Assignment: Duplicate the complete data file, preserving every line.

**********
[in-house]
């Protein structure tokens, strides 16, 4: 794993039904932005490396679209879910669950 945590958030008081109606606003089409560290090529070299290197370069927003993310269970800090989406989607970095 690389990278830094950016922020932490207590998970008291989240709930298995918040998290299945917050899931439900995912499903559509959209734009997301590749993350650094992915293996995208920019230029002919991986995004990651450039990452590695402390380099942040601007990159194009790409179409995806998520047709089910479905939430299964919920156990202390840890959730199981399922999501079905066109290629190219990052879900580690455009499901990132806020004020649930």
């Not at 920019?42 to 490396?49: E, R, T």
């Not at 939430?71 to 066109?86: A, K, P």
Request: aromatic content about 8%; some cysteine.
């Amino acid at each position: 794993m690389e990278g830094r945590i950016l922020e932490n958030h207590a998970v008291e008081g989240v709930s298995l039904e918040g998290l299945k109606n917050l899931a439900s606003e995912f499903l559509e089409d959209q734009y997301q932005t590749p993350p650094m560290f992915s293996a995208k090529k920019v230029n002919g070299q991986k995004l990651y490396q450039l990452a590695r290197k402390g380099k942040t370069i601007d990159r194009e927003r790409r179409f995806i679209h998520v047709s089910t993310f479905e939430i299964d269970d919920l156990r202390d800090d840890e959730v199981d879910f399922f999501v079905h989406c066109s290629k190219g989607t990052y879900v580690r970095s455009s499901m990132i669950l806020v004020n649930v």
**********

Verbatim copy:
[in-house]
């Protein structure tokens, strides 16, 4: 794993039904932005490396679209879910669950 945590958030008081109606606003089409560290090529070299290197370069927003993310269970800090989406989607970095 690389990278830094950016922020932490207590998970008291989240709930298995918040998290299945917050899931439900995912499903559509959209734009997301590749993350650094992915293996995208920019230029002919991986995004990651450039990452590695402390380099942040601007990159194009790409179409995806998520047709089910479905939430299964919920156990202390840890959730199981399922999501079905066109290629190219990052879900580690455009499901990132806020004020649930």
């Not at 920019?42 to 490396?49: E, R, T």
């Not at 939430?71 to 066109?86: A, K, P």
Request: aromatic content about 8%; some cysteine.
């Amino acid at each position: 794993m690389e990278g830094r945590i950016l922020e932490n958030h207590a998970v008291e008081g989240v709930s298995l039904e918040g998290l299945k109606n917050l899931a439900s606003e995912f499903l559509e089409d959209q734009y997301q932005t590749p993350p650094m560290f992915s293996a995208k090529k920019v230029n002919g070299q991986k995004l990651y490396q450039l990452a590695r290197k402390g380099k942040t370069i601007d990159r194009e927003r790409r179409f995806i679209h998520v047709s089910t993310f479905e939430i299964d269970d919920l156990r202390d800090d840890e959730v199981d879910f399922f999501v079905h989406c066109s290629k190219g989607t990052y879900v580690r970095s455009s499901m990132i669950l806020v004020n649930v």